This past weekend JRC hosted a national conference for the regional organizers of Brit Tzedek v’Shalom. An eye-opening and informative two days concluded with a visit from Jeremy Ben-Ami, Executive Director of J Street (above, with outgoing BTVS Executive Director Diane Balser). Jeremy’s essential message, which resonated throughout our entire two day meeting, was that the peace process driven by the Obama administration currently has great momentum. He added, however, that realistically speaking, we have a 18-24 month window to produce meaningful results.
Jeremy used a football metaphor to describe the job of those in the Jewish community who currently advocate for the two-state solution: our job is to act as Obama’s front line, blocking for him and creating lanes through the opposition as he moves forward. To do this, he explained, we’ll have to consistently anticipate the opposition and stay two steps ahead of the administration in order to give him “room to run.”
One sobering example of this political tactic: Obama will eventually have to compromise on the settlements. There is clearly a stalemate between the US and Israel over this issue – and Jeremy explained that if the peace camp drew an unwavering line in the sand over the settlements, then the process would simply be dead at the starting gate. According to this view, it would be best for us to support a compromise on this issue now so that we can successfully maintain the momentum in the process.
As an active (if somewhat anguished) peace process advocate, I certainly grasp the wisdom of this approach. While my principled voice screams out, “What?!! Give up on the settlements? What kind of sham is this?!!” – my practical political voice responds, “Hey, that’s politics. It’s all well and good if you want to remain unsullied in your moral ivory tower, but if you really want to be part of the solution, you have to come down and get your hands a little dirty. If you want to play then you have to be part of the game. That’s just the way it works.”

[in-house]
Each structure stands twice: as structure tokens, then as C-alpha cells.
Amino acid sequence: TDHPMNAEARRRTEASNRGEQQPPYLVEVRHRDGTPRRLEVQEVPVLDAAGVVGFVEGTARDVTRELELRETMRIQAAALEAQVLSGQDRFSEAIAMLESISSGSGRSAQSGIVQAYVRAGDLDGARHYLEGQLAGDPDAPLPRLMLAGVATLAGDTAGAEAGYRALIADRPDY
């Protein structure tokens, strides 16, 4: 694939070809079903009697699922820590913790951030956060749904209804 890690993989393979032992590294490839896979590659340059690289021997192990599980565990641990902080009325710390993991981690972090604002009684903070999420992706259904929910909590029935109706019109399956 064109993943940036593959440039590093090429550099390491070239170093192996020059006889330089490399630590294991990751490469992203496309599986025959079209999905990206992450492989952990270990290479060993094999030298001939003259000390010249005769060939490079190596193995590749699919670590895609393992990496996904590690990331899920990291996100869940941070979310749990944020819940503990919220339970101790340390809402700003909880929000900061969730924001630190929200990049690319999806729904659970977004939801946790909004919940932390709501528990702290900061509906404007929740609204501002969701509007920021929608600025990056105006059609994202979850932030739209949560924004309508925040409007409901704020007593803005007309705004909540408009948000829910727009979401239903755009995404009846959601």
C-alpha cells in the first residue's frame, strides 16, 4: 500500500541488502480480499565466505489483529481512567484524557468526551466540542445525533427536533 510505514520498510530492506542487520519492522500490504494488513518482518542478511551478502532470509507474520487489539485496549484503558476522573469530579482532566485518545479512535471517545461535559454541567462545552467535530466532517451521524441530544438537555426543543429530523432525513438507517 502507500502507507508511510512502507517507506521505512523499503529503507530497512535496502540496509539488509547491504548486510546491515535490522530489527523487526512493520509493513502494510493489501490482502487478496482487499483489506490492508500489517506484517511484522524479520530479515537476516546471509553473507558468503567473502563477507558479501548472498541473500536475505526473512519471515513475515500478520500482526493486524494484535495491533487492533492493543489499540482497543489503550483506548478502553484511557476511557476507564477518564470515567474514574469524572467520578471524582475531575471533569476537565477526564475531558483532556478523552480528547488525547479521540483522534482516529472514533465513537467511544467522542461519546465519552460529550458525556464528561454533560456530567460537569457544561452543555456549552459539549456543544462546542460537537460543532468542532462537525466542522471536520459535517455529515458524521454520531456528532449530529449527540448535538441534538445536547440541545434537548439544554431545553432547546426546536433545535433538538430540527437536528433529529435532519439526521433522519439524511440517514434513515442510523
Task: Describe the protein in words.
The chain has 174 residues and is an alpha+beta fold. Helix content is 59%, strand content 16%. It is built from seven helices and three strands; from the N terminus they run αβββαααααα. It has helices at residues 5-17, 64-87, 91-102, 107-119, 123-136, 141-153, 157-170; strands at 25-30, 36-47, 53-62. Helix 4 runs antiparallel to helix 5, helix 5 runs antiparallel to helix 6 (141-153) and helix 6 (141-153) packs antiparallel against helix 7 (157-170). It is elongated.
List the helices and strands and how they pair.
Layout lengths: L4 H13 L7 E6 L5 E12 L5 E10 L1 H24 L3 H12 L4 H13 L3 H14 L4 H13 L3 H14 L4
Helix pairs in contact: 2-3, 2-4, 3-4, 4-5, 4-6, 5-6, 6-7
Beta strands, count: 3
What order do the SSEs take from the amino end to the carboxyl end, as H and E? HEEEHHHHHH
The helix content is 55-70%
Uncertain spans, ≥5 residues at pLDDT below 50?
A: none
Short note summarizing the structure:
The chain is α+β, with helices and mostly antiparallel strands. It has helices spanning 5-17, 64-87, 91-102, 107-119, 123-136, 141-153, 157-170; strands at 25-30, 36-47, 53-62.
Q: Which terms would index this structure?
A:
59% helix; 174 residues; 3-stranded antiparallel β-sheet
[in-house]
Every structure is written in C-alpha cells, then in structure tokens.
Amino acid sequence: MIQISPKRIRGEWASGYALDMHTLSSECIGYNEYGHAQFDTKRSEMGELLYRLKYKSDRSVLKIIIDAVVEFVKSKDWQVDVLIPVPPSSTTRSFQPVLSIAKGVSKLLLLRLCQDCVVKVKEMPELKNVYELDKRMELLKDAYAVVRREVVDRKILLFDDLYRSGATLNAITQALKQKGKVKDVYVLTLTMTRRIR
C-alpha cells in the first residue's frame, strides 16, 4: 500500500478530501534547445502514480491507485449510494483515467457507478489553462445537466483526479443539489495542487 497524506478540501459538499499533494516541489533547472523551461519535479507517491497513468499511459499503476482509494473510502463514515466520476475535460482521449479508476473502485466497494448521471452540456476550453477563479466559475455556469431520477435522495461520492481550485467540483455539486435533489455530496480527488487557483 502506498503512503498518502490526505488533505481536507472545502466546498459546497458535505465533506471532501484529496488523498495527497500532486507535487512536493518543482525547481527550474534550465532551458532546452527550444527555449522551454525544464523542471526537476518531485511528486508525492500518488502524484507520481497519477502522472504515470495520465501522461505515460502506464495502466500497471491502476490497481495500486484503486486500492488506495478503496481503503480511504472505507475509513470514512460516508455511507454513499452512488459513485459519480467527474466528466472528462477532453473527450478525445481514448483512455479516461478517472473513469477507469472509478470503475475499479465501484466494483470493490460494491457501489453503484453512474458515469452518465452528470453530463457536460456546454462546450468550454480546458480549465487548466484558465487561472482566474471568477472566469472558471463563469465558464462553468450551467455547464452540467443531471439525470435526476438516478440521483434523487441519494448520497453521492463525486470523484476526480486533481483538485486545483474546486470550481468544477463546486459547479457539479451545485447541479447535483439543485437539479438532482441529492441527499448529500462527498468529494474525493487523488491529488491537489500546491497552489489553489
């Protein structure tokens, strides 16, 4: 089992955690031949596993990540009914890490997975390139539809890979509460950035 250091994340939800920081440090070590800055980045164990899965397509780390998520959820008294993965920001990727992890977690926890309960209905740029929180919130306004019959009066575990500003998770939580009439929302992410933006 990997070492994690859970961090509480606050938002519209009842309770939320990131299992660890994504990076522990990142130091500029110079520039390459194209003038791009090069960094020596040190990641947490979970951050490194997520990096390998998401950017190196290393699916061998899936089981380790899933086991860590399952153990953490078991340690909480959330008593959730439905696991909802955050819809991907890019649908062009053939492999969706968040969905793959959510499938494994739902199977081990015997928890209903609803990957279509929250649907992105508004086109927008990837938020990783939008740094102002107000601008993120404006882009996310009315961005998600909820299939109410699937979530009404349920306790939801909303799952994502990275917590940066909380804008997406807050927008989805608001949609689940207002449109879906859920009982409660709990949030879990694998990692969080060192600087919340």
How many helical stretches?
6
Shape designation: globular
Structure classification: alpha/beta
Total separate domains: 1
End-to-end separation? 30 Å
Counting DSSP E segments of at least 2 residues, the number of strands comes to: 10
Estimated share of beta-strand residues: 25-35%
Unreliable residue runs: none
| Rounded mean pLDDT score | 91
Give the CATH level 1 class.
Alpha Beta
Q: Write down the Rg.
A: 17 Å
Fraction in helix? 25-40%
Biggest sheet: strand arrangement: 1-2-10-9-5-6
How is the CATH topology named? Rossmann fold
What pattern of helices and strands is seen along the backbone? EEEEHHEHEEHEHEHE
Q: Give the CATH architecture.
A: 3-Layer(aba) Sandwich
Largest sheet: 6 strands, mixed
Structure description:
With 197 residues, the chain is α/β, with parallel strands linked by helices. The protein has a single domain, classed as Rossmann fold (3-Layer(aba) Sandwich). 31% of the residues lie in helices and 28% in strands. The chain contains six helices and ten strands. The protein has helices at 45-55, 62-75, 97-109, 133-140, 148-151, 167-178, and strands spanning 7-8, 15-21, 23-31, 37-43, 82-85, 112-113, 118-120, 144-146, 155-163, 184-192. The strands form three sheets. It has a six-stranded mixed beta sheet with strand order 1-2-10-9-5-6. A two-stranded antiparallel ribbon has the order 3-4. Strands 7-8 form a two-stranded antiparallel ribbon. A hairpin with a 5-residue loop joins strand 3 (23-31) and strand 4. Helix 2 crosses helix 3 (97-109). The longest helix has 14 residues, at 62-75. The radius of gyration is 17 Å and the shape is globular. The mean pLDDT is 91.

I get this. I do. But I will confess that I haven’t truly been able to drown out either voice completely. While I do understand the art of political compromise, I also believe that there may well come a point in which some of us run up against a compromise that is simply unacceptable: one that essentially betrays the very ideals that compelled us to support this process in the first place.
Obviously, this point would be placed at different places by different people. And I’m well aware that there are those on both ends of the political spectrum who believe we’ve long since passed that point. But for for those of us somewhere in the murky middle, the reality is terribly complex – at times painfully so.
My friend Danielle Peshkin, in a comment to my last post, put it perfectly, I think:
It is always difficult, though necessary, to decide to when to sacrifice morality for strategic advantage in the long term advancement of your political goals. It’s equally difficult, though also necessary, to decide when sacrificing morality and justice for short term strategic gain will in fact harm the long term goal of establishing peace and justice.